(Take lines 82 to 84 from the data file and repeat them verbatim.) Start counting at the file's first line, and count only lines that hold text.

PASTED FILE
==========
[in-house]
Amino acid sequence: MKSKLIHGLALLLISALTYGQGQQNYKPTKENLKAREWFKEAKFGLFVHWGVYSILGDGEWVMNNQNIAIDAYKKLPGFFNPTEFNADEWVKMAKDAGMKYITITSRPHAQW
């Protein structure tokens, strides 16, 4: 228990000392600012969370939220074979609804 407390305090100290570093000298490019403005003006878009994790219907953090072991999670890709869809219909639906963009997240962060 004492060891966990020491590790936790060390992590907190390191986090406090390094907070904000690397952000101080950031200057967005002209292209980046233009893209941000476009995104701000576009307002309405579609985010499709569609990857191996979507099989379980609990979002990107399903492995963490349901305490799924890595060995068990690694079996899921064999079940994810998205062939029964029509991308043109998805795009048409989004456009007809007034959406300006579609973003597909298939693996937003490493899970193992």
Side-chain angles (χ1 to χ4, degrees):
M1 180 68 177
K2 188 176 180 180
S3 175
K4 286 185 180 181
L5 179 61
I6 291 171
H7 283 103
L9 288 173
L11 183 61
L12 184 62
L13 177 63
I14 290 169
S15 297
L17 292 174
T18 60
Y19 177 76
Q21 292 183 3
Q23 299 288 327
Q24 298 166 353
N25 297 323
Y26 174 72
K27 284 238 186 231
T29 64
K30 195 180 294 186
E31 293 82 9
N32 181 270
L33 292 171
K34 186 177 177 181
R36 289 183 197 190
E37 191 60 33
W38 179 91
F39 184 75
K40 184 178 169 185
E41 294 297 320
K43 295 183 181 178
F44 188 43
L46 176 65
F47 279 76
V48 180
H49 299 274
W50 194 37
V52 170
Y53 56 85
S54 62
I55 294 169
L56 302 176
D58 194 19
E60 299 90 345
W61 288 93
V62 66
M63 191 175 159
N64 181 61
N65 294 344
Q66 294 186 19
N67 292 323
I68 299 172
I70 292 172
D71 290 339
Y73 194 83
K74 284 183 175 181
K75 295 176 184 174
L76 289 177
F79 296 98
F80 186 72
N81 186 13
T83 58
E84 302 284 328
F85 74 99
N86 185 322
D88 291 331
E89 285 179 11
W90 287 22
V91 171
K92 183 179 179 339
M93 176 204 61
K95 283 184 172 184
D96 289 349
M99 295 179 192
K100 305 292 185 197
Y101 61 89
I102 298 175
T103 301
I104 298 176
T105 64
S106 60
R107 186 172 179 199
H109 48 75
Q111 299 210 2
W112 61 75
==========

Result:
M99 295 179 192
K100 305 292 185 197
Y101 61 89